The ‘problem’ with sleep mode is, it can potentially cause the system to become unstable, or at best, give impressions of a little green man from another planet, this is strange behaviour after trying to recover from sleeping … if you are doing some important work, like writing this article, and you go get another cup of coffee, and the PC goes to sleep, then your work is just sitting in memory. Oops, something happened, and I’ve just lost all this work. Oh Bugger. If you are also a gamer or a ‘cruncher’ ;-) you don’t really want your PC going to sleep, do you.
My recommendation is, set it to … NEVER – OFF – NEVER for all three settings

USB selective suspend settings
Oh boy, as if we have don’t have enough problems with USB
My recommendation is … Disable

Power buttons and lid
Power button action
This is quite an important setting. It determines what should happen when you press the power button of the PC.
My strong recommendation is … Shut Down

Under the same main heading above is also …

Sleep button action
Believe it or not, some PCs have a Sleep button on the case … err, we ain’t setting our PC to do any sleeping, are we?
My recommendation is … Do nothing

Under the same main heading above again is …

Start menu power button
This one is great … have you figured out how to shutdown the PC via the Start button yet? Well, now you can as this setting will allow you to shut down by default.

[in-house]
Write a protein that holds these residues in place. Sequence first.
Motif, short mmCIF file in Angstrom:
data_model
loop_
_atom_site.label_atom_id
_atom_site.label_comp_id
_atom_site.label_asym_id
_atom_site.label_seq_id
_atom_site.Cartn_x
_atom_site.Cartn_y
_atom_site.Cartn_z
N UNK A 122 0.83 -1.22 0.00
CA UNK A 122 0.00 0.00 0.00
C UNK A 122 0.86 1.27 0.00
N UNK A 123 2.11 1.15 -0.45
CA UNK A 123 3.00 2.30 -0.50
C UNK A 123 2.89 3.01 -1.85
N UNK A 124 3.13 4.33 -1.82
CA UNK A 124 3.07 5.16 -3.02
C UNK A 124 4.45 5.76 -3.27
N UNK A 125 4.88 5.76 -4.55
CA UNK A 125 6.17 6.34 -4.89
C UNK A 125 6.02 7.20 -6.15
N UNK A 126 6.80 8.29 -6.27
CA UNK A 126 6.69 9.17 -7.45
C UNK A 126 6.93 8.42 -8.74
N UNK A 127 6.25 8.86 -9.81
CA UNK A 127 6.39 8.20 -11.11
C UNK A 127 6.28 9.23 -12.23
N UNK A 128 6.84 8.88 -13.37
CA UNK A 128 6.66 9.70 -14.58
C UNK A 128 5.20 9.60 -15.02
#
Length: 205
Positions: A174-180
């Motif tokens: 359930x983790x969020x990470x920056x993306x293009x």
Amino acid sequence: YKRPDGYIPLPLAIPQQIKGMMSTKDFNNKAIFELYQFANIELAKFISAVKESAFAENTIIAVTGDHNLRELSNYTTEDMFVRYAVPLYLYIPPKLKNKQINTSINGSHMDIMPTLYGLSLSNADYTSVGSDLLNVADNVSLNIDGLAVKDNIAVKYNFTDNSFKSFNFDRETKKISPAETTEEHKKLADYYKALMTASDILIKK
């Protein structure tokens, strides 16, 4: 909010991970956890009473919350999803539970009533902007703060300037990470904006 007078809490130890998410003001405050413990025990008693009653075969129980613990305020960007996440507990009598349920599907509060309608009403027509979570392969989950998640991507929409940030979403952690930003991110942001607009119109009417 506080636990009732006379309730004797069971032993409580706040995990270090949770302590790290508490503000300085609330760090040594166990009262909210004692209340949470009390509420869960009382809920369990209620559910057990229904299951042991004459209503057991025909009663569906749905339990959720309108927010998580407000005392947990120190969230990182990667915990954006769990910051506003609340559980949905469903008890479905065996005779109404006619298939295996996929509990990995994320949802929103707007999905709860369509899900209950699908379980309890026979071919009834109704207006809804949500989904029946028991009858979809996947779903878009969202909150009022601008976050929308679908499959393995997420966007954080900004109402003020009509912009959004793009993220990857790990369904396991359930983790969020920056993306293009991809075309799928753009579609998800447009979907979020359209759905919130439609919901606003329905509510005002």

My recommendation is … Shut Down

A little Note here … You can access all the usual power options by clicking the very small white triangle to the far right of the red power button on the Start menu.

PCI Express
Link state power management
I am not even gonna bother explaining this one.
My strong recommendation is … OFF!

Search and Indexing
Power save mode
I love search & indexing on Vista, it really does work.
My recommendation is … High Performance

Turn off display after
You can save a little money here in power costs. If you press the space bar or move your mouse, it will turn on again, monitors don’t mind being off-n-on-n-off-n-on
My recommendation is … 15 - 20 - 30

Under the same main heading above is also …

Adaptive display
This is rather neat … actually, I had to do a little research on what it actually did.

If you enabled the “turn off display after” above, then this little gizmo will monitor how often you wake your monitor with the mouse or keyboard. If it sees you keep waking the monitor up shortly after it powered down, it will extend the time you set originally to take longer to turn off your monitor … I love it.
My recommendation is … On

Multimedia settings
When sharing media
I ain’t too sure on this, I don’t share. ;-)
My recommendation is … Prevent idling to sleep

And there you have it … once finished simply click apply & OK and you are good to go … no reboot needed. There may be more, there may be less, I can only recommend what I found from my own PC running Vista Home Premium and the hardware I have installed.

You can always discuss your ‘options’ over on the PCReview forums … why not join us anyway.